The marketplace offers a wide range of rare NFTs by artists from around the world, proving awareness is increasing locally. However, the way we appreciate art and purchase art tends to be as a physical experience. Art galleries are deeply embedded in culture, and NFT Stars is tapping into this tradition, by hosting its very first NFT art exhibition, SIDUS, in Melbourne next week, showcasing digital art plus a program of lectures and workshops.
‘We believe the future of art is digital. Technology is coming to every sphere of our lives and it’s natural for artists to portray the world we live in using the tools of our time. We want to break the stereotype that NFT art is only for crypto lovers,” says Dan Khomenko, CEO of NFT Stars.
There are big figures being spent on NFT art around the world, which can be impressive and alienating. It’s important to include many learning opportunities along the way, which is what people attending the exhibition can expect. Throughout the week-long exhibition, the NFT Stars team will be available each day in the ‘educational corner’, where attendees can learn about non-fungible tokens and artists can mint their own NFT artwork.
An in-person event showcasing NFT art will help people understand the basics of NFT art and art collecting in an effort to normalise this technology. For artists, it is the next step in creating verifiable art.
The need for authentication in art
The art world has been one of the first industries to experiment with tokenising digital art and for good reason too. Art is traditionally fraught with copyright infringements, particularly digital artwork, such as saving and sharing images without credit, screenshots and unauthorised 3D printing.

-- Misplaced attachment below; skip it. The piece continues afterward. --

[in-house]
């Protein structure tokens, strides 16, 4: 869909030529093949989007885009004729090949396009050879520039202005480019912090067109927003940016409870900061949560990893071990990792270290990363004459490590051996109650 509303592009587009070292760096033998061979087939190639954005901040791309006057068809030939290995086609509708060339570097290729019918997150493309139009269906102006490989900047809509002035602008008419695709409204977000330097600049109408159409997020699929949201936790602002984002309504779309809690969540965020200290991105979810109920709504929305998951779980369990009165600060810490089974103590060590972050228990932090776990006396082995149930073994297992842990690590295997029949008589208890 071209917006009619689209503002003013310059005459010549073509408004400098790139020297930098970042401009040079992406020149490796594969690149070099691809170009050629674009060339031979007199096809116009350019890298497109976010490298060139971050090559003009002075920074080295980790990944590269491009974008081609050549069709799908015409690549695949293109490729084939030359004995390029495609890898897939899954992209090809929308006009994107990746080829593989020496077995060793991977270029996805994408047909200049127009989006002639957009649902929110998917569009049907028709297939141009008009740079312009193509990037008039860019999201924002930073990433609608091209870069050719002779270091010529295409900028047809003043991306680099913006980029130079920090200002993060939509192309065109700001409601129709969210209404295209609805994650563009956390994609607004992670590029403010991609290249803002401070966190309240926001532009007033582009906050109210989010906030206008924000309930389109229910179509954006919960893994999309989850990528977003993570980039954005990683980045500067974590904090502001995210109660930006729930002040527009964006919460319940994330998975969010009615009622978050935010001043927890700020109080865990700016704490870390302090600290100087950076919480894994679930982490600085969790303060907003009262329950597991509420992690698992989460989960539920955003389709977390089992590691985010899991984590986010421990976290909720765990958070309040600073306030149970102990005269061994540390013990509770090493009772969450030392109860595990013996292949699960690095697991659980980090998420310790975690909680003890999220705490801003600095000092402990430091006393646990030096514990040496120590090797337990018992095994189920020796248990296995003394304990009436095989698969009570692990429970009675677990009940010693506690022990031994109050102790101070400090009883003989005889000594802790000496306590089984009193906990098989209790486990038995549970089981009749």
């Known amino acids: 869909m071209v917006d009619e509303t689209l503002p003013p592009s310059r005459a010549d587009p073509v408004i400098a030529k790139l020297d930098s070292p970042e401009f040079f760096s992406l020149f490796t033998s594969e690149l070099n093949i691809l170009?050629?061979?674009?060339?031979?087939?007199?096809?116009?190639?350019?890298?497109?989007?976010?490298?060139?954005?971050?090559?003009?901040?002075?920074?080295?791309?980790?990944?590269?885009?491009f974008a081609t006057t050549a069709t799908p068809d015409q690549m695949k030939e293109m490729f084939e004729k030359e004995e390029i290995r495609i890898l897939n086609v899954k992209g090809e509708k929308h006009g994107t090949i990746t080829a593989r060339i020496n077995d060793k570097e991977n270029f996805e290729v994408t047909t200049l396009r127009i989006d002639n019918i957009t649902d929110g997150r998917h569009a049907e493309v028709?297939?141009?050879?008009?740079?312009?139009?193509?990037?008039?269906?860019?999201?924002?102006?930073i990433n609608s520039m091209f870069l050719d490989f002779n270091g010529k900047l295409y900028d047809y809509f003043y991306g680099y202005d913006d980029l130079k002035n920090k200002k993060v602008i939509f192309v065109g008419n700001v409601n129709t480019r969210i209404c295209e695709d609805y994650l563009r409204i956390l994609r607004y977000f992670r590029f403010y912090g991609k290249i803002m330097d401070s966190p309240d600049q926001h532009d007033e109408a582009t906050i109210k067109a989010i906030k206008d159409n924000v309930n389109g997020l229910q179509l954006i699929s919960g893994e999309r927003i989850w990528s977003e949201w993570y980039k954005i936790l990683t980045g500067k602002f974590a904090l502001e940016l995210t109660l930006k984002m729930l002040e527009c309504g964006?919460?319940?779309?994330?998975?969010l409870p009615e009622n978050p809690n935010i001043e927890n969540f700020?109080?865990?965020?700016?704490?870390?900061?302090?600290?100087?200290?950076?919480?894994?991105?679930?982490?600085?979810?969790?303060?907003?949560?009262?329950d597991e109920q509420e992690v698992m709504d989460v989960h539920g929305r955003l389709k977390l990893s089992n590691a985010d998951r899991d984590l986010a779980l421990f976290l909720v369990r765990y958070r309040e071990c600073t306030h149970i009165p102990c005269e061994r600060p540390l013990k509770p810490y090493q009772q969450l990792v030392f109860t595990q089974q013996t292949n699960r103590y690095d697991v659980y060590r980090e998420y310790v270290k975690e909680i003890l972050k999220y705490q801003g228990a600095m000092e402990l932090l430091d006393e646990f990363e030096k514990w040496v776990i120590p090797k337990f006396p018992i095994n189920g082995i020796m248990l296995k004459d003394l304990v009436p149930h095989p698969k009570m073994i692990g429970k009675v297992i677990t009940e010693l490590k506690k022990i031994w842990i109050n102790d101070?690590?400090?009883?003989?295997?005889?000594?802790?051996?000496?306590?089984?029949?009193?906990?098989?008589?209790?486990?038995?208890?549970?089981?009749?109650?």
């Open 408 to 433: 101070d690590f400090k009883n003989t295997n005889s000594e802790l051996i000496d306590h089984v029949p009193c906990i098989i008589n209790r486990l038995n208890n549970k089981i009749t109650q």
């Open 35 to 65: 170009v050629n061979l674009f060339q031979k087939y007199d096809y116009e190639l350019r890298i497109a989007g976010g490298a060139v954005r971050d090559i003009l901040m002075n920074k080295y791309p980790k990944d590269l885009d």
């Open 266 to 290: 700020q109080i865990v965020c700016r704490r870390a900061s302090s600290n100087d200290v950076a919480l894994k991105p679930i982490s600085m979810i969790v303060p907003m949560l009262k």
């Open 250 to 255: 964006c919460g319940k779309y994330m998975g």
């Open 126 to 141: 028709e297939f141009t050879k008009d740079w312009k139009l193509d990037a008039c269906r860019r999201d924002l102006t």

Non-fungible tokens bring relief to some of these issues through traceability and transparency. As tokens are registered on the blockchain, every NFT takes on a digital identity that can be verified. No matter how many times it exchanges owners, its provenance can be accessed and proven.
Keeping and displaying digital art
But what’s the point of buying digital art NFTs if you can’t hang it on a wall to appreciate? It’s a worthwhile question and one that has a couple of options currently. To buy NFTs, you need a crypto wallet, such as MetaMask and CoinJar. NFT marketplaces require you to have a crypto wallet to be eligible to purchase NFTs in cryptocurrency such as Ethereum. Once a purchase is made, the digital asset is stored in your wallet. Marketplaces will generally provide the art collector with a showroom of sorts to visually see the works.
In terms of displaying NFT art at home or in a gallery, this area of technology is increasing with monitors and HD screens being created. Mounted on a wall between other framed pieces, these screens are connected to your crypto wallet and showcase a collection of digital art. Similar to creating a playlist on Spotify, the screen would rotate through a digital art collection. The screens are getting quite snazzy, where collectors can choose a magnetic frame that sits on the outside of the screen to make it look more “art” like.
But is it all a facade?
Where there’s hype, there’s tripe
Let’s get into the nuts and bolts of NFT art. To put it simply, a record on the blockchain does not contain the art file itself. The record can only contain a very small amount of data, in this case a hyperlink to a website where the digital asset has been uploaded. Given the hype around NFTs and more marketplaces popping up, some of these startups won’t survive the tumultuous and competitive terrain. If they go under, so do the digital asset website links, thus making the blockchain record meaningless.
Additionally, there is still great concern about the environmental impact of blockchain transactions requiring a significant amount of computing power. Green NFTs are the popular choice for those trying to do the right thing, however this is most certainly not the norm. Crypto investors are banking on short-term gain, turning a blind eye to the detrimental effects of blockchain mining.
We need more entrepreneurs and technology experts willing to do right by people and the planet to start proving legitimate use cases in blockchain technology and NFTs. It seems NFT Stars is positioning itself to be part of that cause. As we know, startups are better at pivoting and taking on emerging technology quicker than most established companies with legacy systems. Digital transformation is messy, it carries many risks. However, the reward of wading through innovation means greater progress, continuously improving and iterating.